Witchcraft in Europe and America
Burning and hanging were the most popular forms of executing witches. Between 1500 and 1660, between 50,000 and 80,000 accused witches were executed in Europe.
This comprehensive collection on witchcraft includes texts dating from the 15th century to the early 20th century. The majority of the material concerns the so-called "classic period" of the 16th to 18th centuries. In addition to these classic texts, the collection includes:
- Anti-persecution writings
- Works by penologists
- Legal and church documents
- Exposés of persecutions
- Philosophical writings
- Transcripts of trials and exorcisms
An intuitive platform makes it all cross-searchable by subject or collection.
Date Range: 1500 to 1930
Source Library: Cornell University Library
Witchcraft in Europe and America is a comprehensive collection offering a wide range of writings on the subject of witchcraft. As such, it affords scholars an invaluable opportunity to explore this intriguing historical phenomenon from a variety of perspectives. Included are many rare and fragile manuscripts containing eyewitness accounts and court records of the trials of witches, including harrowing original manuscript depositions taken from the victims in the torture chamber.
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These documents, in both original manuscript and in print, reveal the harsh outcome of the more remote doctrinal disputes. Perhaps the most significant of all manuscripts in the Witchcraft collection is the minutes of the witchcraft trial of Dietrich Flade, a sixteenth-century city judge and rector who spoke out against the cruelty and injustice of the persecutions in the 1580s.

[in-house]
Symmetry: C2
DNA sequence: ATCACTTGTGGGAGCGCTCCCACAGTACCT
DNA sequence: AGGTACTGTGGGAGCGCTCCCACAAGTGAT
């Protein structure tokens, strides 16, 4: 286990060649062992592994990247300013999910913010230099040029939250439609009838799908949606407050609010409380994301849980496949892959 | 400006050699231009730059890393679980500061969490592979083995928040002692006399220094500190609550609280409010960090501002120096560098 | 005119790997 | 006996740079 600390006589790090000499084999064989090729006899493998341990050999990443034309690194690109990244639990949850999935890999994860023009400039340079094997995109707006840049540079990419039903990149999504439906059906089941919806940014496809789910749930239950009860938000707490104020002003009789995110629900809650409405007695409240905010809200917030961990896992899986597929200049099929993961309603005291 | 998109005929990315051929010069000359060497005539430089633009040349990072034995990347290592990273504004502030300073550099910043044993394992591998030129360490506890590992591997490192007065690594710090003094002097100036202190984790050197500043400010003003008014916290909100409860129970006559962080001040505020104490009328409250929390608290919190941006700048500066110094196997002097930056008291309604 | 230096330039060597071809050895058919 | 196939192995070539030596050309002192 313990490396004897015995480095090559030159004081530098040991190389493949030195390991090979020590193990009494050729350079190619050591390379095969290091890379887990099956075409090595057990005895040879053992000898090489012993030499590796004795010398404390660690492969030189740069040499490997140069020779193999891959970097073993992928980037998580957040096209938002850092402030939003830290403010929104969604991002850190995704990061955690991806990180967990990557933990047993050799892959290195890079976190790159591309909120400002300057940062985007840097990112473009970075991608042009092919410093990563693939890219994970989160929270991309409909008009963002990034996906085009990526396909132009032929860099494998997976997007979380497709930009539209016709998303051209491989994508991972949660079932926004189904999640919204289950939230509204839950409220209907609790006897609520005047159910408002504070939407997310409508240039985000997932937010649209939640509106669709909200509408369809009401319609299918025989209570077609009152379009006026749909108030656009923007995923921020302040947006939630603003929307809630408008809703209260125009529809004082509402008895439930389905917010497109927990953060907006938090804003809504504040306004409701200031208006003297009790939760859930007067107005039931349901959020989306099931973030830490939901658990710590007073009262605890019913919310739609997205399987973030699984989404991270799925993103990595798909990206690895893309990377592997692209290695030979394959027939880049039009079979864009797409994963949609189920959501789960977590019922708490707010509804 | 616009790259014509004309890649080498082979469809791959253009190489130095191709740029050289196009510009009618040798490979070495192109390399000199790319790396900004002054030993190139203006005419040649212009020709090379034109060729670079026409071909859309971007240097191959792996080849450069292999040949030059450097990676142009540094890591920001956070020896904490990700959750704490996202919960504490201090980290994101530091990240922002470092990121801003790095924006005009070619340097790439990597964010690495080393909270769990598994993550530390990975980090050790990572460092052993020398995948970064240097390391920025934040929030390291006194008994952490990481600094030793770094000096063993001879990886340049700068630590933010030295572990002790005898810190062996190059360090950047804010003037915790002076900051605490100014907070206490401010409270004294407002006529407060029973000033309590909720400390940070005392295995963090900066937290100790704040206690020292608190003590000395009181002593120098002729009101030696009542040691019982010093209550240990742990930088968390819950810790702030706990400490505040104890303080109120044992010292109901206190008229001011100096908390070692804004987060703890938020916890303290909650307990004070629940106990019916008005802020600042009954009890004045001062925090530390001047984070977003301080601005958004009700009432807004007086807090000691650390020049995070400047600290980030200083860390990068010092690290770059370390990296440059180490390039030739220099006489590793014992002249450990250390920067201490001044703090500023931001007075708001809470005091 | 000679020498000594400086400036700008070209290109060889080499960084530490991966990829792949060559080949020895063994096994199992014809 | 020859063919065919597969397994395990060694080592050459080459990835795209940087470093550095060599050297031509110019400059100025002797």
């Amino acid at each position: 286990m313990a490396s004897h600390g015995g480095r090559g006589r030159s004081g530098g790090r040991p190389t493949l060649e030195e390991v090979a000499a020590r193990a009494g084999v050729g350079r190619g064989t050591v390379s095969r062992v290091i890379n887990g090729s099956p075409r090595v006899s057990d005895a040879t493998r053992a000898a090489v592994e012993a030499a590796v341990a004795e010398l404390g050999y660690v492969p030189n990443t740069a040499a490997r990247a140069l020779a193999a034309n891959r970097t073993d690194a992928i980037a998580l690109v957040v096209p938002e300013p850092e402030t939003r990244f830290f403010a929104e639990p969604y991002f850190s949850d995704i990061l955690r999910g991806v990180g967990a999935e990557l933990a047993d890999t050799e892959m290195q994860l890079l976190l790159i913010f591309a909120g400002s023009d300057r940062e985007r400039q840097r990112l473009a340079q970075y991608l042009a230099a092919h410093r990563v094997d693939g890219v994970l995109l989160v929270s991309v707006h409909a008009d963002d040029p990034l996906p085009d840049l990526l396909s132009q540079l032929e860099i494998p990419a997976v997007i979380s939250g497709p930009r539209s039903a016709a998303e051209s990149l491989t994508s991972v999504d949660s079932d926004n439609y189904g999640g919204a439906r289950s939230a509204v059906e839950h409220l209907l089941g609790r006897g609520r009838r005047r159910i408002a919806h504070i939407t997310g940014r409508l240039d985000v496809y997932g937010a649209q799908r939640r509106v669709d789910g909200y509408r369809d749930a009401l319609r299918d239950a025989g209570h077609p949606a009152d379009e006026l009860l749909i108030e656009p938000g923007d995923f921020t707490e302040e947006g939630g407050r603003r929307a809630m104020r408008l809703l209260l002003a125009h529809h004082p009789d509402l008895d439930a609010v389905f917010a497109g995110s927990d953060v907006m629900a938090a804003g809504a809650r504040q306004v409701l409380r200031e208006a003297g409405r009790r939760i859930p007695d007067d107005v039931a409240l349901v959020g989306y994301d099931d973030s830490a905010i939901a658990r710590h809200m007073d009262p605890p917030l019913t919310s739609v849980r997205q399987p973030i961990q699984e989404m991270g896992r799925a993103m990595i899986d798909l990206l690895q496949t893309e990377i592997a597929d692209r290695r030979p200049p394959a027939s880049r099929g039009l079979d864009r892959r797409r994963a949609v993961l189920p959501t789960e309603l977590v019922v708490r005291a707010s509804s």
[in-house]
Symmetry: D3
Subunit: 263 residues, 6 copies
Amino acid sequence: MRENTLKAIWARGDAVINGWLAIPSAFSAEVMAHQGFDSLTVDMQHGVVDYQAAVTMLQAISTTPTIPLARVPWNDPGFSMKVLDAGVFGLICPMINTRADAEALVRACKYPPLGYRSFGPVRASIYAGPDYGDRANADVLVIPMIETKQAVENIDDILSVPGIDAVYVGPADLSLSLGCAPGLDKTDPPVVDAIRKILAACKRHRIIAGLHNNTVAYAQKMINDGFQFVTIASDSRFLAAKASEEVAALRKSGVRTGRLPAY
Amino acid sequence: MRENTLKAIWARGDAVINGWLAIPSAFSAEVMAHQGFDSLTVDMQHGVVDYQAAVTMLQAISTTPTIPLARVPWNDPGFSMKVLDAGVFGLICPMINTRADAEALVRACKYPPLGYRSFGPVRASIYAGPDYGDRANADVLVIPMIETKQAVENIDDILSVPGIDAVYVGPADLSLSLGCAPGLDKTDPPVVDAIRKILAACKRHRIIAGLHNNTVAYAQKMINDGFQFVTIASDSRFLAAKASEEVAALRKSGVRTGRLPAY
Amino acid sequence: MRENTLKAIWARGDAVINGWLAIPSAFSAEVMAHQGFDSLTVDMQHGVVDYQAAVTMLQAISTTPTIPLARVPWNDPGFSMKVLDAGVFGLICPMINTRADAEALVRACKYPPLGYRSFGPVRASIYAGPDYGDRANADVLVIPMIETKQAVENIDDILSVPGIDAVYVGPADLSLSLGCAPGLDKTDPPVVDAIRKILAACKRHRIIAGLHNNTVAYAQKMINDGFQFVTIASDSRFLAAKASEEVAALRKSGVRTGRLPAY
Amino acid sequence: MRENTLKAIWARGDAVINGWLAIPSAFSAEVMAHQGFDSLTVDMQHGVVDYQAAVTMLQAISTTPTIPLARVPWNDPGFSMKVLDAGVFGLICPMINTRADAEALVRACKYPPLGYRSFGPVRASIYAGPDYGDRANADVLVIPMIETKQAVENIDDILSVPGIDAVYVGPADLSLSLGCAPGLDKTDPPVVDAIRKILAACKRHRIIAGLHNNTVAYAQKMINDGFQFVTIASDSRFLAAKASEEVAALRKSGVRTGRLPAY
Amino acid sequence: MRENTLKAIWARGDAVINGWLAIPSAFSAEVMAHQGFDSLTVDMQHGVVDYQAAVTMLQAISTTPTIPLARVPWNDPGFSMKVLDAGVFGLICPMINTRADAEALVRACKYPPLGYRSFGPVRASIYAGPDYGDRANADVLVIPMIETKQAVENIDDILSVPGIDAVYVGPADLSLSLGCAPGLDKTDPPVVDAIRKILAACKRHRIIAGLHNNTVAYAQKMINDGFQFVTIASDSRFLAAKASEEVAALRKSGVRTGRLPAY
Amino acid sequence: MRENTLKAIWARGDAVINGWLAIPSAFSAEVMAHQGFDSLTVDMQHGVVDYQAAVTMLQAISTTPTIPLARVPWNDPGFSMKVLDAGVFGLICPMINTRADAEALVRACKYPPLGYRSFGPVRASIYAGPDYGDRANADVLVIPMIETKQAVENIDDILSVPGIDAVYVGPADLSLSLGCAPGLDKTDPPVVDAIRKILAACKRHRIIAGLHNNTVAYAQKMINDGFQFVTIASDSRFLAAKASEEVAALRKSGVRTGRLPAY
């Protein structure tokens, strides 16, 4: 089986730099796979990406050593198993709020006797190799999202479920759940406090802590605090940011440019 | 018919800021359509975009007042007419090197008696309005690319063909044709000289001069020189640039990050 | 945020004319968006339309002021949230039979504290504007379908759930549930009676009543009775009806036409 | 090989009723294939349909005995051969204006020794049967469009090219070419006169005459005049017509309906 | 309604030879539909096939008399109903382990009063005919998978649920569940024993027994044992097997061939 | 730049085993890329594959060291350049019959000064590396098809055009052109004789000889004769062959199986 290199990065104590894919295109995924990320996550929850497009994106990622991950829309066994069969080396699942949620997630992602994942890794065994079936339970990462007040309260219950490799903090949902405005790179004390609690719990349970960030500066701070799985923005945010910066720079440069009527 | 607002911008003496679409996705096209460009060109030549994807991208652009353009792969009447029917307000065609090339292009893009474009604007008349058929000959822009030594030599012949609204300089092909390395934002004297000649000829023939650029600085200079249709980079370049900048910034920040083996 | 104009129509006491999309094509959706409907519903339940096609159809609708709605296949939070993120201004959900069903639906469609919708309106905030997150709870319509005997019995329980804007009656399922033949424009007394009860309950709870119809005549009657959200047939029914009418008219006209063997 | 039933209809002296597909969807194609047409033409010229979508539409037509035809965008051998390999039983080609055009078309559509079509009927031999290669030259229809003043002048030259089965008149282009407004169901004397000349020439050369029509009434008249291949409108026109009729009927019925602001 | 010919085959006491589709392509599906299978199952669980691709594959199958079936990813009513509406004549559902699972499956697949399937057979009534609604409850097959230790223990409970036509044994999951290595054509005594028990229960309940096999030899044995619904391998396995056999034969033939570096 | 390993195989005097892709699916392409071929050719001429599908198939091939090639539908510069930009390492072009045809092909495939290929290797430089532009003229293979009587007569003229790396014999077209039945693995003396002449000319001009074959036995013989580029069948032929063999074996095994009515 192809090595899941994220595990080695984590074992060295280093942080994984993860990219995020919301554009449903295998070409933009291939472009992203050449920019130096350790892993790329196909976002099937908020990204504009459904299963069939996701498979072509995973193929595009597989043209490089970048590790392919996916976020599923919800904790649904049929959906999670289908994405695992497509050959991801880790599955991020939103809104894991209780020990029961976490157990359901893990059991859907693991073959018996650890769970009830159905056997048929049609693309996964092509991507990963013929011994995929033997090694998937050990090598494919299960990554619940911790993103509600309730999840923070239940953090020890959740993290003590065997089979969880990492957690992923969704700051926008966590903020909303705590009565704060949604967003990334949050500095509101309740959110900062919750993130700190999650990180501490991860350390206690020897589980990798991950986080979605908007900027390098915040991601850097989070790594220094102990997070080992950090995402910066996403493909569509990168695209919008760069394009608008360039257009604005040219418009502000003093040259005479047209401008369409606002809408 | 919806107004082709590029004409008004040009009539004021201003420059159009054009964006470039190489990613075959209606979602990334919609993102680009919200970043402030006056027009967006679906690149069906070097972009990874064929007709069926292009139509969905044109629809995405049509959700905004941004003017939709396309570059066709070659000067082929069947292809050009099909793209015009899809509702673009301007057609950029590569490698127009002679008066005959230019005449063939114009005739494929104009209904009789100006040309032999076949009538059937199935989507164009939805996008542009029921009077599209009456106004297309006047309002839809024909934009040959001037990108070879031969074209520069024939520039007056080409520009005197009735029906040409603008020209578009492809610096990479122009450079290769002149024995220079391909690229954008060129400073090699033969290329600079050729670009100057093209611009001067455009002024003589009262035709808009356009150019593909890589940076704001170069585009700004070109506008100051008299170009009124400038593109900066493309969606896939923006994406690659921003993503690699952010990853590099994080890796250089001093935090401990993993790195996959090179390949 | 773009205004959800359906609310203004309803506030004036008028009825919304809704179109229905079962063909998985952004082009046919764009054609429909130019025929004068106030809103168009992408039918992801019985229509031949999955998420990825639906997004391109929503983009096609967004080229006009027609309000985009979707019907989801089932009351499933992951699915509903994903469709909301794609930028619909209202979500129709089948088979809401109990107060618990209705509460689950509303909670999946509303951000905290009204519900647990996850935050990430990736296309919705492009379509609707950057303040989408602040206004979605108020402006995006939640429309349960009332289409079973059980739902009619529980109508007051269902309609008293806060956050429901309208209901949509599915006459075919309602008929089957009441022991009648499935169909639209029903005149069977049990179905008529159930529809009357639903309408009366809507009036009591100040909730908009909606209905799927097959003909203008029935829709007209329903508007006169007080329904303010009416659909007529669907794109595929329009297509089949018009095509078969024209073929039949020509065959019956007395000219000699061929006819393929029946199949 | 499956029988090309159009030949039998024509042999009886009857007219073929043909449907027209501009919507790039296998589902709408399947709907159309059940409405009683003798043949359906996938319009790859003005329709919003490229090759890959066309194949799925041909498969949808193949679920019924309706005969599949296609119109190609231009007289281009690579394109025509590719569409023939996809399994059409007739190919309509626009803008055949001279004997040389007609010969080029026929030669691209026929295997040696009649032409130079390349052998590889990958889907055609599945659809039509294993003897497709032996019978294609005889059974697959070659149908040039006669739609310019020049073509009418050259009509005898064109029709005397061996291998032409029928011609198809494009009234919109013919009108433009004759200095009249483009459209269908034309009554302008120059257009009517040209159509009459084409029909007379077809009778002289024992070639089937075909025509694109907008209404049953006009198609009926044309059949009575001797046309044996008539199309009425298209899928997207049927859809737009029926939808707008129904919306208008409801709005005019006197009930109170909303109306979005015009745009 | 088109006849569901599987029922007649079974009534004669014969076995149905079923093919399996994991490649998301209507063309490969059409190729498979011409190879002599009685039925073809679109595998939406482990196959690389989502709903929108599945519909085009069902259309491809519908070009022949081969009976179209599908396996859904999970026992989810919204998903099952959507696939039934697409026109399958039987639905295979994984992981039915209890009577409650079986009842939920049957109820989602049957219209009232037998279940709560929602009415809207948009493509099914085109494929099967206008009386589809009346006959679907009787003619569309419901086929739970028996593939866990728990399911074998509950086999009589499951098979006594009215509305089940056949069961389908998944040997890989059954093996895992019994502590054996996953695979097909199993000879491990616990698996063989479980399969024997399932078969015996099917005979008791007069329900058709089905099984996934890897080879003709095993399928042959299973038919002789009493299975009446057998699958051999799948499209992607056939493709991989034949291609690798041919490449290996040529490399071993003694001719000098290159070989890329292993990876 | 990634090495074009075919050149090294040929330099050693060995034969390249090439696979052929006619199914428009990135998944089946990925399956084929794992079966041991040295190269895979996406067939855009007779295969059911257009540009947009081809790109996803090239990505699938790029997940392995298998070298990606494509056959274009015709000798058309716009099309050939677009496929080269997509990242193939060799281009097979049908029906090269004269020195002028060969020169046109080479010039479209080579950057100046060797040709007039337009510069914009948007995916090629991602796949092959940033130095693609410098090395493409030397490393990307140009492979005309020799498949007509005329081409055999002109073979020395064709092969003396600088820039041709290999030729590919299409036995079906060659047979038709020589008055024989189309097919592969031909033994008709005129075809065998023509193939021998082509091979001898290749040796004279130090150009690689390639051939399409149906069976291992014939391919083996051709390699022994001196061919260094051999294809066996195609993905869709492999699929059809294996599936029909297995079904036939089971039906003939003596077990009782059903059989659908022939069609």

The pronouncements of advocates of witch persecution – Binsfeld, Boguet, Del Rio, Remi – can be compared and contrasted to the courageous warning of Bekker, Löher, Loos, Scot, Spee – men who doubted the validity of witch believers and witch trials. Also, numerous dissertations and limited printed works examining theological, legal, social implications of witchcraft are reproduced in their entirety.
This collection unlocks much more than the world of witchcraft alone; spanning the 15th to 20th centuries, it also enables researchers
to trace the history and culture of European civilization during the Renaissance and Enlightenment.
The majority of texts are in Latin, English and German, although there are also selected items in French, Italian, Portuguese, Danish, Dutch and Spanish.